New genetic mutations unique to colon cancers in African Americans have been discovered by Case Comprehensive Cancer Center researchers. Tumors with these mutations are highly aggressive and more likely to recur and metastasize. These findings partly may explain why African Americans have the highest incidence and death rates of any group for this disease.
The study is published online and will be printed in the December 2016 issue of the Journal of the National Cancer Institute
(JNCI) by members of a research team that a year ago found 15 genes in African Americans that are rarely or never detected as mutated in colon cancers from Caucasians. The current study investigated the outcomes associated with these mutations in African American colorectal cancer.
‘Colorectal cancer patients who test positive for the mutations had an almost three times higher rate of metastatic disease.’
"This study is significant because it helps shed further light on why colorectal cancers are more aggressive in African Americans compared to other groups," said the study's senior author Joseph E. Willis, MD, Chief of Pathology at University Hospitals Case Medical Center and Professor of Pathology at Case Western Reserve School of Medicine. "While mortality rates for Caucasian men with colorectal cancer have decreased by up to 30 percent, they have increased by 28 percent for African American men since 1960," said Dr. Willis, who is also director of tissue management in the Case Comprehensive Cancer Center.
These findings and the earlier study only became possible because of technological advances in gene sequencing and computational analysis. These studies ultimately involved review of 1.5 billion bits of data.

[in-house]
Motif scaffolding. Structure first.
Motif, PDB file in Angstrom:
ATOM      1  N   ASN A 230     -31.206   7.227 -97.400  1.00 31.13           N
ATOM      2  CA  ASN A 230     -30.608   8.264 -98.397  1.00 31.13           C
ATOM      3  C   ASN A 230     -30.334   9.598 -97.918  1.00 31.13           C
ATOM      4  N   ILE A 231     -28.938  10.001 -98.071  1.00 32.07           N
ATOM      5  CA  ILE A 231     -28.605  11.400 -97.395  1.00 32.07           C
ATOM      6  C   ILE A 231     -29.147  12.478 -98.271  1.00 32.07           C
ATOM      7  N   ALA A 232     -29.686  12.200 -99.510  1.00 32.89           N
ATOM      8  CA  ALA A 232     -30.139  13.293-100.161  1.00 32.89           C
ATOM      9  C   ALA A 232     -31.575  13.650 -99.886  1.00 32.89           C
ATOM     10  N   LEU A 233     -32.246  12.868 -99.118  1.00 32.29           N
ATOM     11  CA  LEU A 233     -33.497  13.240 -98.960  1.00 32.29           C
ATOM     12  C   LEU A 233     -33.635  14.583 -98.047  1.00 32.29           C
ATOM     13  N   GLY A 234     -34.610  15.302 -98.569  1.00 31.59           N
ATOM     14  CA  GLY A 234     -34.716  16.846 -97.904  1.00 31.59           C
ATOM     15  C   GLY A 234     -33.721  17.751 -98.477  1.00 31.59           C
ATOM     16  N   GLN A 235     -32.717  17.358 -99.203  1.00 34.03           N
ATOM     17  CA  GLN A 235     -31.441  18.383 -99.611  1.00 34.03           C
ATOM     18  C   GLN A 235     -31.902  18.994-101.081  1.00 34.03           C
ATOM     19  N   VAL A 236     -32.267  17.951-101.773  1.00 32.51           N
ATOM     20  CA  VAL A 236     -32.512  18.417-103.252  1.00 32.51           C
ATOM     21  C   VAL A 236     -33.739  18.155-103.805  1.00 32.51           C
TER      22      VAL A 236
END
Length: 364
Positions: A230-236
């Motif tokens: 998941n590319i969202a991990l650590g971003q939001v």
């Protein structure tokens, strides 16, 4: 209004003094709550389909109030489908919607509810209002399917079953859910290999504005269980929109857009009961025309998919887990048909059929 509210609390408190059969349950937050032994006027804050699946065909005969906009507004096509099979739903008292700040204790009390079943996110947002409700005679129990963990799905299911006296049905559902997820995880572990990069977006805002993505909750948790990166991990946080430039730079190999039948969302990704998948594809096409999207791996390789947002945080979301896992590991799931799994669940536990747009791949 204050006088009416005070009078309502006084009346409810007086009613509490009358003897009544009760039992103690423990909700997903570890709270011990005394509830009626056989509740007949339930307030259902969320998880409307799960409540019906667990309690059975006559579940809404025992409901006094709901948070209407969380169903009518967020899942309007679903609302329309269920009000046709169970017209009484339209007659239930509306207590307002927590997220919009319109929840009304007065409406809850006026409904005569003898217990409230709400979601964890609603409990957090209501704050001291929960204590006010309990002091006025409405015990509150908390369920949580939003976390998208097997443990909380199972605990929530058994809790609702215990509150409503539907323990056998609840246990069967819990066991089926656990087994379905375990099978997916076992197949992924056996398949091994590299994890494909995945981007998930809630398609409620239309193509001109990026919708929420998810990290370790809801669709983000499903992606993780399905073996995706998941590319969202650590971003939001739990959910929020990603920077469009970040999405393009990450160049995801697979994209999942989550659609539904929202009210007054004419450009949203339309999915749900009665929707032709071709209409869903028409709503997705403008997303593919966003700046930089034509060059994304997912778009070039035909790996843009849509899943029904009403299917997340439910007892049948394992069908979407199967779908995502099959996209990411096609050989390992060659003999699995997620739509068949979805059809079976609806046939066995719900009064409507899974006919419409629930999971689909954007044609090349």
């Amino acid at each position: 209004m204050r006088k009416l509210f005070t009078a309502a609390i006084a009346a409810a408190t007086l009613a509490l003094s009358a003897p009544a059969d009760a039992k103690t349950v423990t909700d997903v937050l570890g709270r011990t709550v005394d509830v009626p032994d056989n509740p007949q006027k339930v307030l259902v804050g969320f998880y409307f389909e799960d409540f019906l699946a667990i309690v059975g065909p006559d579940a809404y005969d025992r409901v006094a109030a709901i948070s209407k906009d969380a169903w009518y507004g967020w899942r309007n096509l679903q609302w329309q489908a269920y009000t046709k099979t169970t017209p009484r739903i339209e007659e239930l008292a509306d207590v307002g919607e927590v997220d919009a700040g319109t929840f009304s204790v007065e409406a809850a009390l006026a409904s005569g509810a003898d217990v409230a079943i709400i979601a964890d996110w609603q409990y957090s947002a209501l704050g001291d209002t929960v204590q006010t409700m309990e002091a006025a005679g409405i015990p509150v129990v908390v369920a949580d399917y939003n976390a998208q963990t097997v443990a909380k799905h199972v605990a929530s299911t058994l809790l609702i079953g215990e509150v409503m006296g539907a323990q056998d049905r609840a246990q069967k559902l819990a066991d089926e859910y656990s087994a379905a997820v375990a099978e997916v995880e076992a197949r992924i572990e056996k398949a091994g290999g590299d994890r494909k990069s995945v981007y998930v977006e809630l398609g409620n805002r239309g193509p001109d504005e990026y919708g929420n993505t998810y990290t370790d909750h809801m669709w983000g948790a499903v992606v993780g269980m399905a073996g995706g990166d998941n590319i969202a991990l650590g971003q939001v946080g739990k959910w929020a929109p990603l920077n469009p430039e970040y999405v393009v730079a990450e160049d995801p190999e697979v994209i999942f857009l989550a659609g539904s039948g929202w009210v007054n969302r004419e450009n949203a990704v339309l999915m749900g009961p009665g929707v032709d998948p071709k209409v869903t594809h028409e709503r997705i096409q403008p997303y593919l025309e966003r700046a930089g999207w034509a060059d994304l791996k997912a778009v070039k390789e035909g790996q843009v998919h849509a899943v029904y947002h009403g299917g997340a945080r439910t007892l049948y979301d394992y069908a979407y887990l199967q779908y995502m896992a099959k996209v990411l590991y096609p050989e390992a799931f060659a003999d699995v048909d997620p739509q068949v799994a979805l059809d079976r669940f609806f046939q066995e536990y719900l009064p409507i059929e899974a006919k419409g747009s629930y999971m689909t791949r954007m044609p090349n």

"This study builds on our previous genetic research on colorectal cancer," said Sanford Markowitz, MD, PhD, a co-author and principal investigator of the $11.3 million federal gastrointestinal cancers research program (GI SPORE) that includes this project. "It illustrates the extraordinary impact that dedicated, collaborative teams can make when they combine scientific experience and ingenuity with significant investment."
Announced in 2011, this GI SPORE program is one of just five in the country. Dr. Markowitz, Ingalls Professor of Cancer Genetics at Case Western Reserve School of Medicine and a medical oncologist at UH Seidman Cancer Center, included studies of the disease's behavior in minority patients as part of his team's original grant application. The disparity between colorectal cancer rates in African Americans and other groups has long existed; the most recent federal statistics, for example, put age-adjusted incidence at 46.8 cases for every 100,000 African Americans, and 38.1 cases for every 100,000 Caucasian Americans. Yet scientists have struggled to determine what factors -- biological, economic, environmental, or others -- account for this disparity.
From the very start, Dr. Markowitz and colleagues believed the answer to this question would be found through genetic analysis."Identifying gene mutations has been the basis of all the new drugs that have been developed to treat cancer in the last decade," Dr. Markowitz said. "Many of the new cancer drugs on the market today were developed to target specific genes in which mutations were discovered to cause specific cancers."
"We wondered if colon cancer is the same disease molecularly in African American individuals as it is in Caucasian individuals. Or could colon cancer be the same disease behaving differently in one population compared to another," he said. "This study gave us our answer. Colon cancer in African American patients is a different disease molecularly."
The scientists made their discovery by using DNA sequencing to compare 103 colorectal cancer samples from African American patients with 129 colorectal cancer samples from Caucasian patients, all of whom had received care at UH Case Medical Center in Cleveland. The scientists examined 50 million bits of data from 20,000 genes in every cancer.